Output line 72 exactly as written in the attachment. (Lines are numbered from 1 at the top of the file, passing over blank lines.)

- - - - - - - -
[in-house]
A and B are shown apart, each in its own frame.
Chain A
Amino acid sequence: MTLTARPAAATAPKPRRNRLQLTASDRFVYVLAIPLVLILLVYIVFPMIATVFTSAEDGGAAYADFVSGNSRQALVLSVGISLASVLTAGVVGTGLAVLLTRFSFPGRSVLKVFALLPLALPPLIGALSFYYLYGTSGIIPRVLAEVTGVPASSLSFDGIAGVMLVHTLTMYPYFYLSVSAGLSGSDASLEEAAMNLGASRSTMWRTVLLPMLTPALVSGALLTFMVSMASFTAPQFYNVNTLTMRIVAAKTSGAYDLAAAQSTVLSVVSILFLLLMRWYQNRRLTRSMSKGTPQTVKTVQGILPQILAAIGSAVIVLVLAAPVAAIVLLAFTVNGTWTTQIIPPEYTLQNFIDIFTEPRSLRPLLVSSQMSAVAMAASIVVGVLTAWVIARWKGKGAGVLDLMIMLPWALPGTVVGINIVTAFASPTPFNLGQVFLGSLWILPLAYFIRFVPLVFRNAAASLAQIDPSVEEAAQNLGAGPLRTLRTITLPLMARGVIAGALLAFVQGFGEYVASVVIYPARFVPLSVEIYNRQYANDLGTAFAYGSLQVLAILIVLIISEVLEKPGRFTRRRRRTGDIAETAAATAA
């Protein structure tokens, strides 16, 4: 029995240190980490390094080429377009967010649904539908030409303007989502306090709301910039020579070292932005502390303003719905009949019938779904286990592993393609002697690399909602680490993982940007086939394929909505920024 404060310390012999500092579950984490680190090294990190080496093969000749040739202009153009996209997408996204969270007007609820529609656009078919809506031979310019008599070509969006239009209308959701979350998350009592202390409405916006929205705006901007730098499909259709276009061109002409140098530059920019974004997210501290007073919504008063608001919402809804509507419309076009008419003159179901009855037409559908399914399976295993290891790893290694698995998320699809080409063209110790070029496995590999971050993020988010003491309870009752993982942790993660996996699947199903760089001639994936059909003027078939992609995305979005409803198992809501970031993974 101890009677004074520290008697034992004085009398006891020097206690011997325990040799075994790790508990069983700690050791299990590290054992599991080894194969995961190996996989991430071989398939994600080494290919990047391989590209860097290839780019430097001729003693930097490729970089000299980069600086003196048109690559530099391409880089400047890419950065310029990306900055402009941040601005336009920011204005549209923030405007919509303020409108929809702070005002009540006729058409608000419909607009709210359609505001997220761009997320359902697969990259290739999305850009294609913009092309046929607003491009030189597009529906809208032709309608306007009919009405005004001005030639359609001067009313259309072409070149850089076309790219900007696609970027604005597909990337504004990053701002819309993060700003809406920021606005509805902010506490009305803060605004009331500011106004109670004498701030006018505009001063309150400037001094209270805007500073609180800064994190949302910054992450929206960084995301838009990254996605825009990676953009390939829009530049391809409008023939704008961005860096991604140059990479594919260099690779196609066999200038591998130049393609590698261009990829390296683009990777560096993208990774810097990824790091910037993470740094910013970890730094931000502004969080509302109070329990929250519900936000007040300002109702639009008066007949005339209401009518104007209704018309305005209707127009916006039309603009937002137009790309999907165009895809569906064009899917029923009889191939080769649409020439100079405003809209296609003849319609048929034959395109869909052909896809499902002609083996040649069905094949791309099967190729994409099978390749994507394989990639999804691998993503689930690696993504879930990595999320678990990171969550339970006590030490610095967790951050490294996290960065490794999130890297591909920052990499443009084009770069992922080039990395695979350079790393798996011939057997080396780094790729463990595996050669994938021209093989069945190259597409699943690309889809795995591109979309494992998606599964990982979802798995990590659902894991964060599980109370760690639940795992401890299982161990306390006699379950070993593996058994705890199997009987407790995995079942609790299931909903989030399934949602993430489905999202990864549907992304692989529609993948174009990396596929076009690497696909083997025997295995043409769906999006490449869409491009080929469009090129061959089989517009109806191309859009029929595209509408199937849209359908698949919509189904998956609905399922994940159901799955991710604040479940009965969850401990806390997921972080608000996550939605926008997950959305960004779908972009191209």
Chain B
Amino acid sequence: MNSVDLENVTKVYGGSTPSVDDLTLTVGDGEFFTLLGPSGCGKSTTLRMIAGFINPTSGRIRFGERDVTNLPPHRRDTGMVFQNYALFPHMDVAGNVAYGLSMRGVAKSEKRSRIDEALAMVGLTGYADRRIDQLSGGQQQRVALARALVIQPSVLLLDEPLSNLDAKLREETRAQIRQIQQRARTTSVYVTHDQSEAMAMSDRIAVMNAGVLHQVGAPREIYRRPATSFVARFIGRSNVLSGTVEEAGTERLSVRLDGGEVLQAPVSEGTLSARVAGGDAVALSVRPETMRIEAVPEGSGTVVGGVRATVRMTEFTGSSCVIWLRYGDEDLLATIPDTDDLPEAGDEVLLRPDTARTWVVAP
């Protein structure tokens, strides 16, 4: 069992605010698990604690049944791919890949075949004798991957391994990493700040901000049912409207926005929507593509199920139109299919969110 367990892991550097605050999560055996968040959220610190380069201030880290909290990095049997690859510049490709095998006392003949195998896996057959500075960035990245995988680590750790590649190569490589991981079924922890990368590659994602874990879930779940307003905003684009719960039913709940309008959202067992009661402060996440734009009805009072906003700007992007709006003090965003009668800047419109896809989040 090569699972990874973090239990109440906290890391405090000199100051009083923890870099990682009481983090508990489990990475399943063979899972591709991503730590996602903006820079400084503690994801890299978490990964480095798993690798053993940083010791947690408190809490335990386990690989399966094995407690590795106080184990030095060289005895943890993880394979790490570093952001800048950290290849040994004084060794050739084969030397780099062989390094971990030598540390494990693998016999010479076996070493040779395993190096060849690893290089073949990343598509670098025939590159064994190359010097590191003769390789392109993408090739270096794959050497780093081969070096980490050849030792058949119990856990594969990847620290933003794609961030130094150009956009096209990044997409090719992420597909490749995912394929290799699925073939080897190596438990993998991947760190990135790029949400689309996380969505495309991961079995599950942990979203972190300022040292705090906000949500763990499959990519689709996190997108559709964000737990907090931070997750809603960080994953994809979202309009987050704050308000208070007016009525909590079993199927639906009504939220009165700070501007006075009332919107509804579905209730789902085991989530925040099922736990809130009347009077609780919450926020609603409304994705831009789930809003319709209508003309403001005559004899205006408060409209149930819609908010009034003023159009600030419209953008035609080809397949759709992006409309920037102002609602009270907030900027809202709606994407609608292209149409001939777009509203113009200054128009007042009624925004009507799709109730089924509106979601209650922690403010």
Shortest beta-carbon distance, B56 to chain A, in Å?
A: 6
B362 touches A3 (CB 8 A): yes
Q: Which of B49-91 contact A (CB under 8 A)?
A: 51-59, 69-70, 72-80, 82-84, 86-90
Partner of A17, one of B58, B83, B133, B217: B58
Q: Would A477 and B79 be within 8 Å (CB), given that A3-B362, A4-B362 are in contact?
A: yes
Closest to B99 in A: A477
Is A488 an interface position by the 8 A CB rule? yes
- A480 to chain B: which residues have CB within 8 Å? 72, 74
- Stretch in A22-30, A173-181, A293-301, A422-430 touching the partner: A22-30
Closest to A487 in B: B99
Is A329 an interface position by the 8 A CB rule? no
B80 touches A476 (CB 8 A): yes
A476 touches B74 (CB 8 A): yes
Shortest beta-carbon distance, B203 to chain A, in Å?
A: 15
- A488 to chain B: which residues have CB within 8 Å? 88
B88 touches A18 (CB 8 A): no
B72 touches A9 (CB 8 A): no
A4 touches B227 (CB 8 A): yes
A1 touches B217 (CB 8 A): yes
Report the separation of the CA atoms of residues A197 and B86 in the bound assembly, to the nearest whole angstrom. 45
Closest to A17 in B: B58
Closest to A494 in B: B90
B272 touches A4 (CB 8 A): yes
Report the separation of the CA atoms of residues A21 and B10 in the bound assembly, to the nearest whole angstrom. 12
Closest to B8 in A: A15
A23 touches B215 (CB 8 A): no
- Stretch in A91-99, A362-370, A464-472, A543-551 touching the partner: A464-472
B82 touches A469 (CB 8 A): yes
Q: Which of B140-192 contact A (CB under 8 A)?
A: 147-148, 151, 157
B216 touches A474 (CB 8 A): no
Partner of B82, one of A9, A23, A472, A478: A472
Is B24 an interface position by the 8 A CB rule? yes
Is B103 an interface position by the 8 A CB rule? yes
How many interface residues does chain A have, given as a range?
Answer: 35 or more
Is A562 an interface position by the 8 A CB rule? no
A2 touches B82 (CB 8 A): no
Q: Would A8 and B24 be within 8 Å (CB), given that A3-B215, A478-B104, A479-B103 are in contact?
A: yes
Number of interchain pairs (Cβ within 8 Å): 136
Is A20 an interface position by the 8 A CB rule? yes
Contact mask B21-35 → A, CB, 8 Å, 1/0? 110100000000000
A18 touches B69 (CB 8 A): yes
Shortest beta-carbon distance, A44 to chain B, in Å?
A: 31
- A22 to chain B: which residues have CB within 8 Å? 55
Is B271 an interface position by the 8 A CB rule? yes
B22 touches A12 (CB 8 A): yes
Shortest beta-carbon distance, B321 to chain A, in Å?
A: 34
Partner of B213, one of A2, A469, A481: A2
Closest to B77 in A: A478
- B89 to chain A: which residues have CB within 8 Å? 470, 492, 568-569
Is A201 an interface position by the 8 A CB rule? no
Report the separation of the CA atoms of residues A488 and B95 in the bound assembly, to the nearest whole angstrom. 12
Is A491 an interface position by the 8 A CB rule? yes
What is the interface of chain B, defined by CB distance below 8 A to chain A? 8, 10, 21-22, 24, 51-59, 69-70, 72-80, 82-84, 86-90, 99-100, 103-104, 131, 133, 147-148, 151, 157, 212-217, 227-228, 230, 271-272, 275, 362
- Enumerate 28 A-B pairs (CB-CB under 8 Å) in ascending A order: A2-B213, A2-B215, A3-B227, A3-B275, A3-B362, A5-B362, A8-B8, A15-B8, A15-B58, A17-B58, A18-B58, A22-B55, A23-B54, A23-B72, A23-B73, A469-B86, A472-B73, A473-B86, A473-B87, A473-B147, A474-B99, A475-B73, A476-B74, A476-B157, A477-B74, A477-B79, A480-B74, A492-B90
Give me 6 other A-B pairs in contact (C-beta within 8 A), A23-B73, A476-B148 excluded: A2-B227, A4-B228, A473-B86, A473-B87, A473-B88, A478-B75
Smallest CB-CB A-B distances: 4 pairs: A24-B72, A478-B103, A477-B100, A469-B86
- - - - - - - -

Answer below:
Give me 6 other A-B pairs in contact (C-beta within 8 A), A23-B73, A476-B148 excluded: A2-B227, A4-B228, A473-B86, A473-B87, A473-B88, A478-B75